The sale of the Travelodge and Quernmore Park Hall, as well as the sale of BFC (Properties) Limited, will go a long way to reducing the outstanding debt, but is unlikely to eliminate it altogether. So for the short-term at least, we are likely to be in a position where there is a new 97% owner of BFC (Properties) Limited – and therefore 77% owner of BFC Limited – while Valeri Belokon notionally remains a 20% shareholder.

How long that continues to be the case is another matter. Once the sale of BFC (Properties) Limited is finalised, one would imagine that Belokon will continue to pursue settlement of the total debt. This may mean going back to the courts to assist with enforcement of the sale of other non-football assets, such as Oyston’s shares in Closelink Limited (which owns the Whyndyke Farm plot), his other business interests, (Natfarm, Zabaxe, Oyston Estates, etc) or his personal property including Claughton Hall.

There is a hypothetical point in time where the full £31.27m, plus interest and the cost of the receivership (an estimated £1.25m) and other enforcement costs will see the final balance settled. At this moment, in theory at least, Oyston completes his acquisition of the 20% shareholding previously owned by VB Football Assets.

What can stop this from happening?

This is far from an ideal set of circumstances. Surely there is a way to prevent this from occurring? There are a few different roadblocks in the way of Oyston’s return, so it’s worth examining a few of them in turn.

A revised court order

Perhaps the cleanest method of ensuring Oyston doesn’t get his hands on the 20% is to go back to the High Court and seek a new direction from Justice Marcus Smith. After all, the solution of having Oyston buy out Belokon’s minority shareholding is predicated on him still being the majority shareholder. If he no longer has any involvement with the club, does this remedy still make any sense?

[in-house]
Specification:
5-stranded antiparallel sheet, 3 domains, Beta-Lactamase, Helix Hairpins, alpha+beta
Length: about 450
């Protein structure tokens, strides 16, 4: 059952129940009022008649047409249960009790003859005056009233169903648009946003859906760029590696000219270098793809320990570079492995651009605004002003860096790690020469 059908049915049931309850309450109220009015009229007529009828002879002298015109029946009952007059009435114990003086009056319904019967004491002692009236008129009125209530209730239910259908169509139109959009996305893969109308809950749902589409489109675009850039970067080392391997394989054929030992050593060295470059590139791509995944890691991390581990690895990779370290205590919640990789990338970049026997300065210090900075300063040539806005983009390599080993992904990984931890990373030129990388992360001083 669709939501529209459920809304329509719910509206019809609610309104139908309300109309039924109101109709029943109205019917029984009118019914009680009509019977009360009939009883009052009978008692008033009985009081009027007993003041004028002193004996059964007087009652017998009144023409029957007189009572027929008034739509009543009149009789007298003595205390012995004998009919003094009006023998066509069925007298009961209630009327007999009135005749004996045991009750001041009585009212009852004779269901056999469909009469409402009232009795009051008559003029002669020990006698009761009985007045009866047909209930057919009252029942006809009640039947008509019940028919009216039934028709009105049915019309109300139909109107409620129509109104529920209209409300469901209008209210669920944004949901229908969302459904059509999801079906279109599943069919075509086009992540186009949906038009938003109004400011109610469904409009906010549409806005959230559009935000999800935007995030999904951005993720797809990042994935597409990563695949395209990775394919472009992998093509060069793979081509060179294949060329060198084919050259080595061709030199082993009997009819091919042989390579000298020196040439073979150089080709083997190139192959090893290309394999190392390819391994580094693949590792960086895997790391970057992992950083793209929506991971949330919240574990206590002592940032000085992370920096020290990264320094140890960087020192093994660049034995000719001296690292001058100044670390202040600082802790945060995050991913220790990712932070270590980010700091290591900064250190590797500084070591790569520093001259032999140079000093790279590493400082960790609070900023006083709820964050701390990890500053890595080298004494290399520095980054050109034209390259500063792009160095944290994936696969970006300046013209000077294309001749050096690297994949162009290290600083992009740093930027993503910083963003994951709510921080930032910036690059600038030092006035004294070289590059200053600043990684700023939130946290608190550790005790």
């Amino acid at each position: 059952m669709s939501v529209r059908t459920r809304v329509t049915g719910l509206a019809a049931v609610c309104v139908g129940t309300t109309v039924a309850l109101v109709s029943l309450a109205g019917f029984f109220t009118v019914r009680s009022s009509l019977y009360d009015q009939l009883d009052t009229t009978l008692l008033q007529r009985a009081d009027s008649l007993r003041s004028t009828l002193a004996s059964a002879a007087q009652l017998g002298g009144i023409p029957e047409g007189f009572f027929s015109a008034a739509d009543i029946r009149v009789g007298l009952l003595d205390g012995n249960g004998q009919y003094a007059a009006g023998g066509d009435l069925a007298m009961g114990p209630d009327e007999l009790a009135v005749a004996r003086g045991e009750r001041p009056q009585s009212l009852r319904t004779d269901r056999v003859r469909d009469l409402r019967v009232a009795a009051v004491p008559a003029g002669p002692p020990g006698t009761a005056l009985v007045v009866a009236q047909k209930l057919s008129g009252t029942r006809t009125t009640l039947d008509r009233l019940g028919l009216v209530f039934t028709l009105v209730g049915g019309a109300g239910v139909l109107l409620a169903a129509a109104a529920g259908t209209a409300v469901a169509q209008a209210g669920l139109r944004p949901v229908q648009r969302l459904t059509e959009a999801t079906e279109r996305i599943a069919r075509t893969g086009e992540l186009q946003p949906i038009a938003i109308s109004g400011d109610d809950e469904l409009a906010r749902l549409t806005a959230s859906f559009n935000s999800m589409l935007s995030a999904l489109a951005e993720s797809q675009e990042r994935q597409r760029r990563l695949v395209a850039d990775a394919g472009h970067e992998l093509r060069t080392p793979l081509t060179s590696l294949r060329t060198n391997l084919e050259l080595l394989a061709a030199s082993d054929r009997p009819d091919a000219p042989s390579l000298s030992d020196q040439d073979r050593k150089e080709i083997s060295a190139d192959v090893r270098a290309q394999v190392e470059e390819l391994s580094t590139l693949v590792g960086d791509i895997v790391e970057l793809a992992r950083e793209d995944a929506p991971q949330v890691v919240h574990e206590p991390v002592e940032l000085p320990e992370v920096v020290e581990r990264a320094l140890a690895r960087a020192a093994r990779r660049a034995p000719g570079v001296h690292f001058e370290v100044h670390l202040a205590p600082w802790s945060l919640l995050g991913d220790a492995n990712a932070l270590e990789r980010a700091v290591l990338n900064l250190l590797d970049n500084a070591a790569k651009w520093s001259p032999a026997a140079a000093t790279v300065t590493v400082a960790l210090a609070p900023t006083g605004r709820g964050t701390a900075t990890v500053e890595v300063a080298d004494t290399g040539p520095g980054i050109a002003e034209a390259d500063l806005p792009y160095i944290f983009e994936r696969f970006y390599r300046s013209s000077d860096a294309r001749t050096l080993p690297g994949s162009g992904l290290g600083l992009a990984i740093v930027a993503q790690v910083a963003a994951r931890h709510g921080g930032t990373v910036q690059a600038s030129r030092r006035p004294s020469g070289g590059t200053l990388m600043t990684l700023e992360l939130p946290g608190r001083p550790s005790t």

Who has the authority to do this though? Clearly, as the claimant, Valeri Belokon is entitled to make representations to the court, but unless he emerges as an unlikely bidder for the 97% of BFC (Properties) Limited’s shares given his current EFL ban, then what incentive does he have to do so? It’s entirely conceivable that Belokon is happy to put his Blackpool experience behind him, and so long as he get his money, what should it bother him how it comes his way?

Would a new owner have any sway with Justice Marcus Smith, or even a legal means of initiating such a process? Arguably, by proceeding with the purchase with full knowledge of the potential 20% issue, they have accepted this as a possible outcome and thus the courts could rebut any complaints.

If the court is open to exploring a way of resolving the floating 20%, then the main questions are likely to come down to how it should be valued and who should acquire it. The sale of BFC (Properties) Limited will provide a handy guide to the fair market value of the shareholding and ultimately will probably result in a quite small figure.

In pure accounting terms, the value of BFC (Properties) Limited lies in its fixed assets – Bloomfield Road, Squires Gate, the Travelodge and Quernmore Park Hall. With the latter two assets reportedly being sold off separately, the asset values to look at are the stadium and training ground. As of the last published accounts to 31st May 2017, the book value of these assets was in the region of £18.5m but with another two years’ depreciation this will have reduced to around £17.5m.

Book values are fair market value aren’t always the same thing however, and it’s difficult to see the receivers getting this much for the 97% shareholding in BFC (Properties) Limited. Assuming the receivers do fetch less than £17.5m for the sale, then it’s hard to imagine a large valuation on the 20% shareholding of BFC Limited, whose only assets remember are essentially the players’ contracts and the EFL golden share.

Belokon paid £1.8m for his 20% stake back in 2006 and a valuation in that region is not unreasonable, and if anything is probably on the high side. Would the court agree to a solution whereby either the new majority owner of the club (or a third party) pays a fee in this region for the 20% in BFC Limited to reduce the judgement debt?

If Belokon is struggling to enforce against other Oyston assets, then this might seem like a quicker way to pay down the debt, and one would hope the courts would agree. It certainly seems the most simple resolution and would guarantee fans an Oyston-free BFC, but whether Owen Oyston would take this lying down is another matter. Past form suggests he would be very likely to fight this tooth and nail to retain at least a shred of relevance, at least in his own mind.